Providing your cat with a low calorie diet could delay the ageing process and extend your cat’s life. The same could be said about us and a wide range of species from yeast to mammals. Calorific restriction (CR) has been shown to delay the aging process provided reduced calorie intake does not accompany malnutrition. In other words, a diet that is lower in calories but healthy should prolong a cat’s life. Calorific restriction “without malnutrition delays the onset of age-associated disorders in short-lived species” (the conclusion based on a study recently published in Nature Communication).
The scientists who carried out this study, were initially concerned that CR might be detrimental to health. The study results proved otherwise. Their data showed that both age-related and all-cause survival was significantly improved with CR. With CR, increased survival was observed. This is not only about a longer life but a healthier life and therefore it is also about quality of life.
The study was carried out with rhesus monkeys but the scientists make it clear that the conclusions apply to a wide range of animals and therefore I feel confident in stating that the domestic cat could also benefit from consuming fewer calories. Note: this was not an invasive and nasty study so please don’t criticize it as “animal testing”.
As I understand it, when the scientists write about calorie restriction, they are referring to 30% fewer calories than usual. So, what is behind the benefits? One theory is that when food is scarce the body is able to switch more resources into the maintenance of tissue resulting in a protective effect.
Other scientific studies have indicated that fasting appears to result in the production of proteins that protects cells against oxidative stress. The process of oxidative stress can promote ageing it is believed.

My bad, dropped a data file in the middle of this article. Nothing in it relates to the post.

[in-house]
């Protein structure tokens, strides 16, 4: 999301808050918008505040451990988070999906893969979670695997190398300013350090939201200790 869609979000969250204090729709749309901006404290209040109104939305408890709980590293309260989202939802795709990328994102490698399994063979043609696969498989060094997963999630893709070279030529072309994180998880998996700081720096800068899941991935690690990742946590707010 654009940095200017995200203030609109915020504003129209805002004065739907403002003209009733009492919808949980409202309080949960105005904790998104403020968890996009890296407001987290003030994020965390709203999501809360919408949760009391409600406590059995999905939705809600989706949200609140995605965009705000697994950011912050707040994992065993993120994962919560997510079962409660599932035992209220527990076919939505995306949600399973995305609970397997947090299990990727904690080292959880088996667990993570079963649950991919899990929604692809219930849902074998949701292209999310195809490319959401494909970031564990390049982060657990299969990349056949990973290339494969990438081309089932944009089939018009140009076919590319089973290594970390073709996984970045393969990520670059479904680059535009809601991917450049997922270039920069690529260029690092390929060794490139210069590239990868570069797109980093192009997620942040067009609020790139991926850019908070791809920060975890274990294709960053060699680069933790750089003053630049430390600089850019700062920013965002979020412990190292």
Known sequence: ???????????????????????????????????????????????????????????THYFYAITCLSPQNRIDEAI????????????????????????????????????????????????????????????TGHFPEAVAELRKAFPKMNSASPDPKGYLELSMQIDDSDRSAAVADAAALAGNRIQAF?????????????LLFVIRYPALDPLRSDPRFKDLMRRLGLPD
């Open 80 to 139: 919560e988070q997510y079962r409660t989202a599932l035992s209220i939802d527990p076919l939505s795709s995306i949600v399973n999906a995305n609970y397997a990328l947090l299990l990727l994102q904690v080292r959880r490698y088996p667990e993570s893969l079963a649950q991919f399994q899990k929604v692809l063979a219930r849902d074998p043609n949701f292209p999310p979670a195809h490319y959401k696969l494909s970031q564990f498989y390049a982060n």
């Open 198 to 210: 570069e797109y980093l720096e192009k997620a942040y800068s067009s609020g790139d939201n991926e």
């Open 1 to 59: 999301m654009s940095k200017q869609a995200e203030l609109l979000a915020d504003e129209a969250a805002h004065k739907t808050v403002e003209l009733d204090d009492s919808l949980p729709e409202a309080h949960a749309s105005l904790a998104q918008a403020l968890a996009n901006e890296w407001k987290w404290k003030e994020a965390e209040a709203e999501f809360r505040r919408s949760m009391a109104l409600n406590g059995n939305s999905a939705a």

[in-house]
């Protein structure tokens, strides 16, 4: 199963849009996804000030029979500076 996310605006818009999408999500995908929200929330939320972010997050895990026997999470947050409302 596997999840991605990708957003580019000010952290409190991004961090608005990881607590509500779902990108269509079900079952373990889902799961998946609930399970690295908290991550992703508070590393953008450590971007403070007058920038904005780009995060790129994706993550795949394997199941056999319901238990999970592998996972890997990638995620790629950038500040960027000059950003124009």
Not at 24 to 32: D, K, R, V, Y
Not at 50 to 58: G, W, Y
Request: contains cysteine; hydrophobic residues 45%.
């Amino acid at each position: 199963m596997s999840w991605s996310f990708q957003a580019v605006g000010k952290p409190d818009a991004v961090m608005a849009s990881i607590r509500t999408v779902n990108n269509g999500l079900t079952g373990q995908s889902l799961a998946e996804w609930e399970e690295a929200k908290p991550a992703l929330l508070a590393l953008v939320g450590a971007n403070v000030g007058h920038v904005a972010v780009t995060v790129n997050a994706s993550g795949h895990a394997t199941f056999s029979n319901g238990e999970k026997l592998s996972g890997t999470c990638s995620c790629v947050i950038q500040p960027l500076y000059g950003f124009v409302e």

My immediate reaction after reading about this study what to think of dry cat food. I did so because those of us who have a little bit of knowledge about cat food know that dry cat food is high in calories. This is because carbohydrates are required in the manufacturing process. Some vets believe that dry cat food puts a domestic cat in a state of permanent mild hypoglycaemia and dehydration because of the high calorie content of the food and lack of moisture content.
It is difficult to read and understand the labeling on cat food and the manufacturer doesn’t list everything on the labels (see Jo’s comment). Labelling needs to be improved. I would certainly check labelling, nonetheless, to see whether a type of food has less calories in it. I would also restrict a cat’s consumption of food if there were signs of obesity. We should remember that up to 50% of domestic cats in the USA, and a slightly smaller percentage in the UK, are obese.
Obesity itself brings health risks but this study is about much more than that. It is about a restricted calorie intake even for a cat of normal weight and apparent health. This is valuable research for cat owners.